Conservative Diary

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Something for the country (and the Cabinet) to cheer about

by Paul Goodman

Screen shot 2010-11-16 at 14.39.09 The wedding of the Prince of Wales and Lady Diana Spencer, as she then was, brought people together by refreshing the affection which most of them have for the Monarchy and the Royal Family.  And in any event, nearly everyone likes a wedding.

The past is another country, but my memories of that period are a kind of montage of Margaret Thatcher, the Falklands War, the 1981 budget, Brideshead Revisited, red braces, the Royal Wedding itself, and a wave of national optimism.

Similarly, the break up of that marriage drove many people apart into a Prince's and Princess's camp respectively.  The consequences rocked the Monarchy, exemplified in the crisis that followed the Princess's death later.  Funeral followed wedding.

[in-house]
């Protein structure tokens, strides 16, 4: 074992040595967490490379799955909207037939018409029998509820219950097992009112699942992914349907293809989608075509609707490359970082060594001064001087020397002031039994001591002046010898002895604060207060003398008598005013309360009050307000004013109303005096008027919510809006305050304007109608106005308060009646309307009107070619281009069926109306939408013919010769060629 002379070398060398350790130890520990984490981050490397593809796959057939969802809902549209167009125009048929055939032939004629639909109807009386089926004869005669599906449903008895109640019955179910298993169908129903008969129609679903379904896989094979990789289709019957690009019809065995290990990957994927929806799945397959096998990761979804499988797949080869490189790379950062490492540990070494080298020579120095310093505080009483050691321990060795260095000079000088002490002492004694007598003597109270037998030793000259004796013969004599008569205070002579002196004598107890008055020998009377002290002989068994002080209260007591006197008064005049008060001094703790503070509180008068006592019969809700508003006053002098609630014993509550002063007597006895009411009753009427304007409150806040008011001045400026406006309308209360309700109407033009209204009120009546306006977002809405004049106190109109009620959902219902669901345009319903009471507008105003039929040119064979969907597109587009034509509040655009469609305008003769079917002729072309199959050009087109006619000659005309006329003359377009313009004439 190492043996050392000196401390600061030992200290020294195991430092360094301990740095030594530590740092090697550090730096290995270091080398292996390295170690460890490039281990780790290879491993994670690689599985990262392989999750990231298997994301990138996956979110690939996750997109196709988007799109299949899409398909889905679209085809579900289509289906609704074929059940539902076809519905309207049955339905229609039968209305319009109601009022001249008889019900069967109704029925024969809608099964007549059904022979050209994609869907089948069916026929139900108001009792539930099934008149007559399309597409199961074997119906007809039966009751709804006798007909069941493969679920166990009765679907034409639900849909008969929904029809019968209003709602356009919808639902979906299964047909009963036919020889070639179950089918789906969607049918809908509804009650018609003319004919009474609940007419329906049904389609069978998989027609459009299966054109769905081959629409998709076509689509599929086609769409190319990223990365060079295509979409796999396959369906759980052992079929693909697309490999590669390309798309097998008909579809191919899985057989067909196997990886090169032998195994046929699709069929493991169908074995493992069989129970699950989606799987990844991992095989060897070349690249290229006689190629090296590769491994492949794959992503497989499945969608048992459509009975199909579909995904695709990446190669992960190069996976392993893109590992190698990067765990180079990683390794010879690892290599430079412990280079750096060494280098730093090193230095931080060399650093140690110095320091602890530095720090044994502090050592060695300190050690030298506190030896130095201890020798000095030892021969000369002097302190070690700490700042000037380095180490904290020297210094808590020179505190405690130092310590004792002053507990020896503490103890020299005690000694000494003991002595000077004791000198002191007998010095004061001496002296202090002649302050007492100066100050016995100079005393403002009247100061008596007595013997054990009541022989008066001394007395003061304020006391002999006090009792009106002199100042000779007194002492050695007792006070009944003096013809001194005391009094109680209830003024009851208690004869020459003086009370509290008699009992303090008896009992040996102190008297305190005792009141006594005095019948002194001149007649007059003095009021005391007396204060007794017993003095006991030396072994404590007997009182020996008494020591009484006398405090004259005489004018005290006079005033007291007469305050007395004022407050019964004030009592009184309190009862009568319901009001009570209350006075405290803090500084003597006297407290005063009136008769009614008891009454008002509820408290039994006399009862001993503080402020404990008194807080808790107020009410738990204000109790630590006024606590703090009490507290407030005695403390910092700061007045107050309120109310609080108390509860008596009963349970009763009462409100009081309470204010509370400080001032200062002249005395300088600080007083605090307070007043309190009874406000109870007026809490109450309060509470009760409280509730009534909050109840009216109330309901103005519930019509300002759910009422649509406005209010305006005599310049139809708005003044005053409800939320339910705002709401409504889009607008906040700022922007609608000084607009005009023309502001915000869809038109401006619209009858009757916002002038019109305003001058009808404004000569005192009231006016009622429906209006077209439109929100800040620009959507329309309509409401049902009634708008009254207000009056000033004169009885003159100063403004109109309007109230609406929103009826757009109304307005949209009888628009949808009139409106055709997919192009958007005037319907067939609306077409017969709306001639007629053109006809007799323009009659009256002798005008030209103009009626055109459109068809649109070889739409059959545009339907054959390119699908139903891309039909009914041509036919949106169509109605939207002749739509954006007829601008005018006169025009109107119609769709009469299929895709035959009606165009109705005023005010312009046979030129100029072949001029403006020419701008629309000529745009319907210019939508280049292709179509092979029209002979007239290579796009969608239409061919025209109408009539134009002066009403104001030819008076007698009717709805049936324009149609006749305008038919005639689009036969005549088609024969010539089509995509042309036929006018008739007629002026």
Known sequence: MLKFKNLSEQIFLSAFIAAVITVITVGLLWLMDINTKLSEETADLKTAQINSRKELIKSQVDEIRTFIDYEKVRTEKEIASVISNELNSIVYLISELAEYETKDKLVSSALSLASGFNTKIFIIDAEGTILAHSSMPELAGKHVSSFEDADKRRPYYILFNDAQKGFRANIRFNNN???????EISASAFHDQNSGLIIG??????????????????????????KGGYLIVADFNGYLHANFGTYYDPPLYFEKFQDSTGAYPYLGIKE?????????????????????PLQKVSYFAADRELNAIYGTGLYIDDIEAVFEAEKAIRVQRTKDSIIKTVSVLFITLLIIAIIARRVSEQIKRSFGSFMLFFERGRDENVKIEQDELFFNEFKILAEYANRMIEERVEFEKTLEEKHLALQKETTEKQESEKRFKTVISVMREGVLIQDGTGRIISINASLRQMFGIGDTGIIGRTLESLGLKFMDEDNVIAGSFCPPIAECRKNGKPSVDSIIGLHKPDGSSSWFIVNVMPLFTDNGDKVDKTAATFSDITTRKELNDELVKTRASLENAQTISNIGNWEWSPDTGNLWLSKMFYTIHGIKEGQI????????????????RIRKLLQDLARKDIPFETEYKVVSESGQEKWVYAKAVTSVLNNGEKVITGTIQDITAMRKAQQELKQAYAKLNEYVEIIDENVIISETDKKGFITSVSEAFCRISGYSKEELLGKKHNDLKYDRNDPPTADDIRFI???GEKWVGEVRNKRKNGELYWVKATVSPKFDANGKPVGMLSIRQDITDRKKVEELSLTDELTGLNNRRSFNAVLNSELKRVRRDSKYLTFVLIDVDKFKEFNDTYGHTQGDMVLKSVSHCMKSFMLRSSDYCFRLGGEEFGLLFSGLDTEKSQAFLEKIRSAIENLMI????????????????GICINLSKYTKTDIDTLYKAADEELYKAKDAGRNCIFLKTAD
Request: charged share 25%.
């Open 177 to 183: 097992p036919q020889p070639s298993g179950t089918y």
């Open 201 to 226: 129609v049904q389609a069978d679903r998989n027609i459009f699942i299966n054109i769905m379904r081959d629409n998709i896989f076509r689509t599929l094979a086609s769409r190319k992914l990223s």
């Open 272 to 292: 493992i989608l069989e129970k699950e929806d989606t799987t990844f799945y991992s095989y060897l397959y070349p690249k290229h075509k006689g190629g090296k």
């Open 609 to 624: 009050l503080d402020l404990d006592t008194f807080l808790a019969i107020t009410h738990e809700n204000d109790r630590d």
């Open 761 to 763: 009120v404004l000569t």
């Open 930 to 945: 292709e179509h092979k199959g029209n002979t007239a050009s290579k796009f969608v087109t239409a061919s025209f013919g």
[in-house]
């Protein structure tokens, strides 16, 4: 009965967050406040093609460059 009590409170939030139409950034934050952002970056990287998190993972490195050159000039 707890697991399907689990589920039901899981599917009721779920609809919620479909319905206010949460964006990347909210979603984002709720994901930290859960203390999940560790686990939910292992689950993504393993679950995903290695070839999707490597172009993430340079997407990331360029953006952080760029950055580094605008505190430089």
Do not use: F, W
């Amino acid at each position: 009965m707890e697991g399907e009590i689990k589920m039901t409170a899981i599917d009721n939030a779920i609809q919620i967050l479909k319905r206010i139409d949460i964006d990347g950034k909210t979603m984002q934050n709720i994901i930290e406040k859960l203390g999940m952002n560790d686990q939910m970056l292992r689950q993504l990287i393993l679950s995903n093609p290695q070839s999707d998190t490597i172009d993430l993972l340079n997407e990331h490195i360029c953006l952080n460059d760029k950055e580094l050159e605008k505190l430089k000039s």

Again, my memories are a blur, but they jumble together John Major, the ERM fiasco, the Maastricht Treaty, Canary Wharf, the Jubilee line, George Soros, and a wave if not of pessimism then of a certain helplessness.

The engagement of Prince William and Kate Middleton is at one level a happy family occasion - ConservativeHome wishes the couple every joy - and at another a symbol of the Monarchy and Royal Family's apparently inexhuastable capacity to renew itself.  Engagement follows funeral.

I won't be the last to ask if the wedding next year will help spark the same sense of recovered national self-confidence that Britain saw during the early '80s.  It certainly won't do the Government any harm.  That's what the Cabinet think, anyway.

After all, they gave a "great cheer" and there was "a great banging of tables" and banged the table when the Prime Minister announced the news at Cabinet this morning.  I think there was more to that reaction than goodwill alone.


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